Regulators must share blame in MF Global collapse

Originally published in the Financial Times

MF Global is not the first firm to be done in by bad bets in the casino known as Wall Street, nor will it be the last. With many questions still unanswered – perhaps most importantly what exactly happened to the $630m of customer money that was required to remain in segregated accounts – attempting to divine the meaning of its collapse may
be premature. But a first rough draft of the meteoric history of the brokerage company offers a few lessons and timely reminders.

For starters, the financial world has always had, and will continue to have, a regular procession of rogue elephants – individuals who by virtue of bad investment judgement, avarice or dishonesty succeeded in wounding their employers, either mortally (think Barings) or less consequentially (think UBS). Guarding against these kinds of black swan disasters challenges even the most formidable internal controls.

Unusually, of course, MF Global went awry at the very top of the company. But that is also not without precedent. In 1998, the bets of Long Term Capital Management, the hedge fund, almost brought down the American financial system. Protecting against errors of that sort depends heavily on the regulators and their policies.

So this first post-Dodd-Frank failure of a significant financial institution provides an opportunity to assess the quality of regulatory oversight. The conclusion may ultimately confirm the fears of those who doubted the efficacy of the recent reform legislation.

Once again, we appear to be confronted by a company that was supervised by a patchwork of regulators, none fully in charge. Last February, shortly before the arrival of Jon Corzine (full disclosure: a friend of mine) as chief executive, MF Global had been lifted into the pantheon of ‘primary dealers’ by the Federal Reserve. After its bankruptcy, the Fed took pains to emphasise that it was not MF Global’s regulator.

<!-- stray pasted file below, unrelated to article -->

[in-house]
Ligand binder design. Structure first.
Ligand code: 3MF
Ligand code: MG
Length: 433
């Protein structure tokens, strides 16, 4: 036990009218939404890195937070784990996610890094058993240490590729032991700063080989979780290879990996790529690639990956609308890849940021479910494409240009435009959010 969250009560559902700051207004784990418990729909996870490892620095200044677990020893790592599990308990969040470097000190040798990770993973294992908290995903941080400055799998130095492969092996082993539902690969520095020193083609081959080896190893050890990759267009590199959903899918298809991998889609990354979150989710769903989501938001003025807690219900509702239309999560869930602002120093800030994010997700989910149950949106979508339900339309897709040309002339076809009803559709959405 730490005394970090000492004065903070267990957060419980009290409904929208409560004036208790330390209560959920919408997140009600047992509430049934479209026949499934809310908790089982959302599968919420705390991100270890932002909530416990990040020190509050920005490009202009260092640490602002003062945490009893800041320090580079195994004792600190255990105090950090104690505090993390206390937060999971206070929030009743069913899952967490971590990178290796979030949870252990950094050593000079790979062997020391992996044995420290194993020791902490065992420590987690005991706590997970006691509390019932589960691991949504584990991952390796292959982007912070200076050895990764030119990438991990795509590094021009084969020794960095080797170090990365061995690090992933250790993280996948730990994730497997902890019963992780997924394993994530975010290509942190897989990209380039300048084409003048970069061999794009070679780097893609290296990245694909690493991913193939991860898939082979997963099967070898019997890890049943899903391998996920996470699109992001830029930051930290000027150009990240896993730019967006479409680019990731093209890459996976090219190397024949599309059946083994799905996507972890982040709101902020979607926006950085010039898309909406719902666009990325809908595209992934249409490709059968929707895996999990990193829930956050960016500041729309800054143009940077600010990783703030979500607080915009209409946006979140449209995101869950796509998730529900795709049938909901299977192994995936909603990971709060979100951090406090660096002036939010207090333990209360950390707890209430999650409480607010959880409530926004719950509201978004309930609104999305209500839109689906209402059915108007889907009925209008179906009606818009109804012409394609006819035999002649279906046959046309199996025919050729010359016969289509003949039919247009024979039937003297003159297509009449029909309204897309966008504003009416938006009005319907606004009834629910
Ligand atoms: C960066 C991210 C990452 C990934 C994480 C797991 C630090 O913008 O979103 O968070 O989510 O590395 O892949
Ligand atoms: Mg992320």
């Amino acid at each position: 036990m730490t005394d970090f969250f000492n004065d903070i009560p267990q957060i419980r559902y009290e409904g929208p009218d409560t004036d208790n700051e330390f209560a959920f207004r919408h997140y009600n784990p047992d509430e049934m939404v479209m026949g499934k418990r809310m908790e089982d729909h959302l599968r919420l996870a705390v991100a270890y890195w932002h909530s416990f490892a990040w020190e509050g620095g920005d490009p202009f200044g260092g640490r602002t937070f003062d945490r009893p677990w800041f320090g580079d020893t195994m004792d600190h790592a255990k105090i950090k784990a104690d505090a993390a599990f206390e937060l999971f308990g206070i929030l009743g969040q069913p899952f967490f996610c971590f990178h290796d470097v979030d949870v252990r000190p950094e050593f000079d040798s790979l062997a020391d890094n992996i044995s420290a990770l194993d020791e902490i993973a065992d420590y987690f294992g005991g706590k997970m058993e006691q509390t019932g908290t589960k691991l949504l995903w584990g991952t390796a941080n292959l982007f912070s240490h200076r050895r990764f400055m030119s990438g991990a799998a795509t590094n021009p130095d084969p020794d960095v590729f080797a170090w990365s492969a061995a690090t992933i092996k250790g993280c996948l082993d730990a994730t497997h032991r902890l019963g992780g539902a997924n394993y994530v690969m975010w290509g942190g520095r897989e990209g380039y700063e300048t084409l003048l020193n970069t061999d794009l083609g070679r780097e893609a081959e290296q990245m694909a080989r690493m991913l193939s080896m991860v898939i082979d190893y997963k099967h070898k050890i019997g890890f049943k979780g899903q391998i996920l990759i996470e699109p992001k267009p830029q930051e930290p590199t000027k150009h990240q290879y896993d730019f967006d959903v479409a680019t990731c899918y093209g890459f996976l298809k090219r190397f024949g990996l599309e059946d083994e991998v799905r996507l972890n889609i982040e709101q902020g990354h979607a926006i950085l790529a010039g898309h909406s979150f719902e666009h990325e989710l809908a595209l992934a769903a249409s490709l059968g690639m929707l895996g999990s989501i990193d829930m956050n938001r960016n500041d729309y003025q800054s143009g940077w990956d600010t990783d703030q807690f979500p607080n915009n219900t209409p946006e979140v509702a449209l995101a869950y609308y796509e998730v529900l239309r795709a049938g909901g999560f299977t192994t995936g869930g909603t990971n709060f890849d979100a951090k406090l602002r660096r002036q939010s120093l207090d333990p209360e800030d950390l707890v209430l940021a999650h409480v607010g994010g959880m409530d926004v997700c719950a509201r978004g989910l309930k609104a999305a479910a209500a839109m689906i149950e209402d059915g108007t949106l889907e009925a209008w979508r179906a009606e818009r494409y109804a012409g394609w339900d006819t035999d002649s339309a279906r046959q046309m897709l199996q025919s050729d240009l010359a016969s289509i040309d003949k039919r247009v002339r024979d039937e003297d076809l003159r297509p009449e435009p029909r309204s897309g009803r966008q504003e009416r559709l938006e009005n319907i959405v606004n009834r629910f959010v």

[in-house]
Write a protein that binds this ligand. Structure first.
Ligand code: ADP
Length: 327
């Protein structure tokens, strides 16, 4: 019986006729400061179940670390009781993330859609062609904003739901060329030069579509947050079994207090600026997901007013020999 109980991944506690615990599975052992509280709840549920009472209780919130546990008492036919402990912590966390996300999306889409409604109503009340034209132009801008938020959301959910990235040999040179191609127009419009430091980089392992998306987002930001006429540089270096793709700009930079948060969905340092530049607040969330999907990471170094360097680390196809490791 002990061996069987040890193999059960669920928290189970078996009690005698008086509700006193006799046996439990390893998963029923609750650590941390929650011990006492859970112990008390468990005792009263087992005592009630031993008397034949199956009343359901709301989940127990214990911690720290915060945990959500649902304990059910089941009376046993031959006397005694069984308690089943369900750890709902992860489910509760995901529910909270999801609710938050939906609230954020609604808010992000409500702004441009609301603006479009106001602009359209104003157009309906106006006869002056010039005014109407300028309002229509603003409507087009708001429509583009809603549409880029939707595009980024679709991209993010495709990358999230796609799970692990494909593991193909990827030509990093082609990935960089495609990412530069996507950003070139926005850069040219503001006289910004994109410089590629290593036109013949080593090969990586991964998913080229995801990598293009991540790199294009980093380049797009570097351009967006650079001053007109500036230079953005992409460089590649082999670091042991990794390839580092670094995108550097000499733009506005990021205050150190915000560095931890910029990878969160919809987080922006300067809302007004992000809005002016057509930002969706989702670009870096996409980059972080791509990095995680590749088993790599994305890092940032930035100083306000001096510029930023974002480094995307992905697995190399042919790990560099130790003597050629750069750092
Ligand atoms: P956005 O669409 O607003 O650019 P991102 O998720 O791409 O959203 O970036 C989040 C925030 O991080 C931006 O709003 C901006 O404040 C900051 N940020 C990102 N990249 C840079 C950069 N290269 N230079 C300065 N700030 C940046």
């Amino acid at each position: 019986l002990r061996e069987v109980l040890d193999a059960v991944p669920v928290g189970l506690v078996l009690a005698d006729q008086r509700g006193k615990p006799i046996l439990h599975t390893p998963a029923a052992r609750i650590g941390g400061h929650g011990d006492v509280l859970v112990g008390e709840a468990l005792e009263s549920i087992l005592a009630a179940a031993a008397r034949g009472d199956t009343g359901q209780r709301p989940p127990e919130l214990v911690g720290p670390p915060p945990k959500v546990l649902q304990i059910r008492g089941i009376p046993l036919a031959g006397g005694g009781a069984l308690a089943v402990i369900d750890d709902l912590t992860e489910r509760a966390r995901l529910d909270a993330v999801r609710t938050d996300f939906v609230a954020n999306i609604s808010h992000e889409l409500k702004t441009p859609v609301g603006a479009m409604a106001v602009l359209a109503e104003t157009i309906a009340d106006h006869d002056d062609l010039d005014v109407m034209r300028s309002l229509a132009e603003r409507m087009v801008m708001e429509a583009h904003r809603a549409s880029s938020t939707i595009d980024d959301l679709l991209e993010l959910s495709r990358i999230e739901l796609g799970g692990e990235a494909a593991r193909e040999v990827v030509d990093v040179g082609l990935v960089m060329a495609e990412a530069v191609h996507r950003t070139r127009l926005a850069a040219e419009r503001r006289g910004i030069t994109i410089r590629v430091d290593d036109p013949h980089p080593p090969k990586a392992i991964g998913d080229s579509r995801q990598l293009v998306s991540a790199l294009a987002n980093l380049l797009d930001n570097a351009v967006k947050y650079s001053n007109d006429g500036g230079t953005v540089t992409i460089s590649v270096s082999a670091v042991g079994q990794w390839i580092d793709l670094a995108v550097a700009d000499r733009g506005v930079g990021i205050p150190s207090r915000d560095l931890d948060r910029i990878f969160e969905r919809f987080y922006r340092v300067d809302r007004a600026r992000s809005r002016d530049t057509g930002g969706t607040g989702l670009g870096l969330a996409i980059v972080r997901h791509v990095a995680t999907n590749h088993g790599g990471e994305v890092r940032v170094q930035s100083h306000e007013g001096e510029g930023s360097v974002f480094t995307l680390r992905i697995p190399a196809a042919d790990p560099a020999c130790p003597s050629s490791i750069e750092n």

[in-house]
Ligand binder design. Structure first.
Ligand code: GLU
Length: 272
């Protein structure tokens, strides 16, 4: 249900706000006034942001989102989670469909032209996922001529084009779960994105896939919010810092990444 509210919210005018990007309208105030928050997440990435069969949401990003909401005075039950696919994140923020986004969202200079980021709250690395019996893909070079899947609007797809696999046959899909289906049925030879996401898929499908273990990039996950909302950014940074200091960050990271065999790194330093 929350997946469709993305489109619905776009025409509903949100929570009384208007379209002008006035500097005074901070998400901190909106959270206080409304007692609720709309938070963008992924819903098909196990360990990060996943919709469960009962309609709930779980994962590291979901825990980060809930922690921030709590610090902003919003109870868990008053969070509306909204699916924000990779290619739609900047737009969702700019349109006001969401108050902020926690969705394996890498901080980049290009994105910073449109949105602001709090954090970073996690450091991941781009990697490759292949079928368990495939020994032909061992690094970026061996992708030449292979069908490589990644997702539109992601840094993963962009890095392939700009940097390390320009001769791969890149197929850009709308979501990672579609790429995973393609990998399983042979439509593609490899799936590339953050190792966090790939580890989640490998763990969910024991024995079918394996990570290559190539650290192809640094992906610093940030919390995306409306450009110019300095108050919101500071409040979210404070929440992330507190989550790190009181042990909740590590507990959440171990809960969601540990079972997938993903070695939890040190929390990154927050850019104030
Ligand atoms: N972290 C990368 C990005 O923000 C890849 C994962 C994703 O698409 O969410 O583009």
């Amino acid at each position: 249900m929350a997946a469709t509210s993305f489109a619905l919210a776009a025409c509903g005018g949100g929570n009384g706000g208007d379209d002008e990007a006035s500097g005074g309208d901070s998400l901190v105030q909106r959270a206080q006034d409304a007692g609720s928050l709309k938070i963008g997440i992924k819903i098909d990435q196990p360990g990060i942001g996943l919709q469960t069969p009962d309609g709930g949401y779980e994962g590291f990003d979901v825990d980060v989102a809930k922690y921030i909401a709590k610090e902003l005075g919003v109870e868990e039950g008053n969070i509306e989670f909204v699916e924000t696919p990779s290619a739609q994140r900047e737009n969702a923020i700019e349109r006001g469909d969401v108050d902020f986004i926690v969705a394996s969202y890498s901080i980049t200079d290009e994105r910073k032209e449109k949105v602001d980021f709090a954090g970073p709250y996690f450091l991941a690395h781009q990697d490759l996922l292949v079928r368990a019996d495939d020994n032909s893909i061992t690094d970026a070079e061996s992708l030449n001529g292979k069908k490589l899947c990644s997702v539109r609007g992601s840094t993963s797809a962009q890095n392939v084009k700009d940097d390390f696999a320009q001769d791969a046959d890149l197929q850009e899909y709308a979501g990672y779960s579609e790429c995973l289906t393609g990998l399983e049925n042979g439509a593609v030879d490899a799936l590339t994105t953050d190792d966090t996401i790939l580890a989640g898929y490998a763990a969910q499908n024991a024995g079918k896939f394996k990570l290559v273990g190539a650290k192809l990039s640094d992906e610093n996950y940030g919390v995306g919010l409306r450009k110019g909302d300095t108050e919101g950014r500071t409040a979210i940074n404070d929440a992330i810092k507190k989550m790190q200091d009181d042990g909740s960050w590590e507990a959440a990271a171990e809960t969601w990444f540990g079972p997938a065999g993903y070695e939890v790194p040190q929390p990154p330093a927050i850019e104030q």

Meanwhile, the Commodities Futures Trading Commission was responsible for overseeing how the accounts of the brokerage’s customers were handled, but did not appear to have authority over MF Global’s balance sheet.

Those that did – the Securities and Exchange Commission and an industry self-regulator – eventually forced it to increase its capital but by then it was too late for the company, which was leveraged around 44 to 1, well in excess of Lehman Brothers levels. (Leverage, of course, is the crack cocaine of Wall Street, amplifying the highs but risking terrifying falls.)

Then there’s the Volcker rule. Even without knowing exactly what happened with customer deposits and whether they were used to purchase risky sovereign debt, it is not hard to see the events at MF Global as confirming the wisdom of the principle that the money of depositors or other customers of financial institutions should not be used in imprudent ways.

Finally, let’s be careful not to see only what we wish in the MF Global collapse. I reject the notion that this is another example of financial industry compensation run amok. Mr Corzine received a salary of $1.5m, a signing bonus of $1.5m and $11m of stock options, very small beer by Wall Street standards.

Nor is this is an example of the unfortunate consequences of an asymmetrical risk-return prospect for the company’s managers. It’s unquestionably true that Mr Corzine had more to gain financially from a success with MF Global than he had to lose in its collapse. But in the end, he lost something far more valuable than his salary, his bonus, or the $23m of severance and stock options that vaporised in the bankruptcy. He lost his reputation at a moment when he was tipped as a possible successor to Treasury Secretary Timothy Geithner. That will haunt him far more than any monetary consequences.